Nobody was watching.

What they did talk about were regrets. Of tragic ends and truncated potential. Caused by accidents, addictions, character flaws, illness, incarceration, random chance, or sheer stubbornness.

Estranged children. Falling out with friends. Philandering partners. When reflected upon in hindsight, from the perspective of an exit lounge observer, the causes seem trivial. The consequences outsized.

A recurring theme throughout the ward residents was the wholehearted lament to not waste time. Quotes from Hollywood’s greatest hits were repeated again and again.

Seize the day.

If not now, then when?

Why wait for the good stuff?

Live for today, we might not get tomorrow.

And the inverse: if something isn’t working do something about it. Why wait?

Act swiftly. Act decisively. But most importantly, act!

At the end of a glacial day spent sitting around, I collapsed into the driver’s seat of the car and mindlessly watched the sunset from the top of the hospital’s multi-storey car park. The overcast sky turned vivid hues of purple and orange, before fading to black.

I had finished the day holding the hand of a woman in her eighties. Cancer had ravaged her body, reducing it to a weight of just thirty-five kilograms. Spindly limbs, all elbows and knees, had propelled her around the ward for days, her irrepressible personality spreading delight amongst nursing staff and patients alike.

Then the reaper had come calling. Frightening away her husband of 40+ years, unable to cope with what was playing out before him. Abandoning her to face the end alone.

She had given his back a wistful smile as he scuttled away, cowardice triumphing over compassion.

Thank goodness, I thought he would never leave!” she sighed. “He always was a disappointment. Safe. Boring. A good provider. But deep down, always selfish. A taker rather than a giver. Dependable only when there was something in it for him. I shouldn’t complain, I realised it early on. I knew it when I married him. People don’t fundamentally change.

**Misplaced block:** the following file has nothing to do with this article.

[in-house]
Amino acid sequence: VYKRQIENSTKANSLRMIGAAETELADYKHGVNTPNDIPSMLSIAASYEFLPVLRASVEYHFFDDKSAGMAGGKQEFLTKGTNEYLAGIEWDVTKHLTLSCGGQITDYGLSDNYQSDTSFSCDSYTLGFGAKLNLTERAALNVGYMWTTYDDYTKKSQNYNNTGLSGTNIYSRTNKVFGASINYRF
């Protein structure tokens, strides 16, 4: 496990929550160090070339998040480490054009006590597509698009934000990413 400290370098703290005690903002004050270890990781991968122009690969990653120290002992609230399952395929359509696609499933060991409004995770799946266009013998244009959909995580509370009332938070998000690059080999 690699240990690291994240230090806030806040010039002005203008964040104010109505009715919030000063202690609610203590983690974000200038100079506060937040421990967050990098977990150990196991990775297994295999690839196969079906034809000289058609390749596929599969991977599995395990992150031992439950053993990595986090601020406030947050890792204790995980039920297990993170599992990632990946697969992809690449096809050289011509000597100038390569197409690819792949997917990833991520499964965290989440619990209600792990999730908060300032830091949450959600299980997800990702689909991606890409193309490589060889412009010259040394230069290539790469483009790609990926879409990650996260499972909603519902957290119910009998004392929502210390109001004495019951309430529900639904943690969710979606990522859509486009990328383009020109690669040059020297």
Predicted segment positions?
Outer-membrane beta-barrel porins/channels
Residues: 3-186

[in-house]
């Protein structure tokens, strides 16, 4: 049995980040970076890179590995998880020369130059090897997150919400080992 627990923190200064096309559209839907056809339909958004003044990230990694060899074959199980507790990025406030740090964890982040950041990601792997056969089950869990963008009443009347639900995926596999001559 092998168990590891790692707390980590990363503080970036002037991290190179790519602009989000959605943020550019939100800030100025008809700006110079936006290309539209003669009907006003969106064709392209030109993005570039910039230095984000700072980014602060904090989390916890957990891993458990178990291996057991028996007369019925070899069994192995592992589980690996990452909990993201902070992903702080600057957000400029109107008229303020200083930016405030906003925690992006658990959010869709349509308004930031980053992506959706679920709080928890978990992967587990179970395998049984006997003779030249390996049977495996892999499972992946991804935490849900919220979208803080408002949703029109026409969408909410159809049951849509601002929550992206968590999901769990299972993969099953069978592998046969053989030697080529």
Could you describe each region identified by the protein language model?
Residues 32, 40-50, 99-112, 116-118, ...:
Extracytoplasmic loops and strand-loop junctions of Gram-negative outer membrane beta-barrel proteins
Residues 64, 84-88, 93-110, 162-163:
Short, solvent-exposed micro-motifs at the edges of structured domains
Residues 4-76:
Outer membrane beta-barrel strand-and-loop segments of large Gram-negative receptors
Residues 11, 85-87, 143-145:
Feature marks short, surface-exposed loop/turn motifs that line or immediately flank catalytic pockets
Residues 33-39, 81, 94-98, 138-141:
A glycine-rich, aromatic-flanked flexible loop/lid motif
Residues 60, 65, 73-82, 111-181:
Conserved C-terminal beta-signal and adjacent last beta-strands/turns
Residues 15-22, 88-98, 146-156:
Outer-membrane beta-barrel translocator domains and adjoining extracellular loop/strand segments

From across the ward, I had raised an eyebrow. The patient I was visiting snored softly. There was nobody else around.

She smiled, before weakly beckoning me over. The quantity of morphine she was on would have stunned an adult elephant, yet it barely dulled her pain. Yet her eyes sparkled mischievously.

Oh, don’t get me wrong, we have lived a long and occasionally happy life together. I just wish younger me had possessed the self-confidence way back then to give voice to what she was thinking: I deserve better. Consciously sought out the right fit, rather than settling for the right now.

Clasping my hand in both of her skeletal ones, she whispered “you deserve better too”.

She sighed again. Longer this time, becoming a death rattle. Mischievous eyes glazing over, staring into the distance at something only she could see. Jaw going slack, then gaping open.

I sat quietly for a moment. The old lady’s death was not the first I’d witnessed. Nor would it be the last. It was always a disheartening experience. The finality of life exposed. No fanfare. No theological extravaganza of angels and demons. Just the end. The person gone, their empty carcass remains.

I wandered out to the nursing station to inform the duty nurse, catching him just before shift change.

Minutes later the body had been wheeled away. Personal effects were gathered up. In less than an hour the bed had a new occupant, cared for by a fresh cohort of medical staff. Life going inexorably on, as though the old lady had never existed.

As I drove home, the old lady’s final words haunted me, as I suspect they would continue to do in the days ahead. Had she been correct? She had no reason to lie.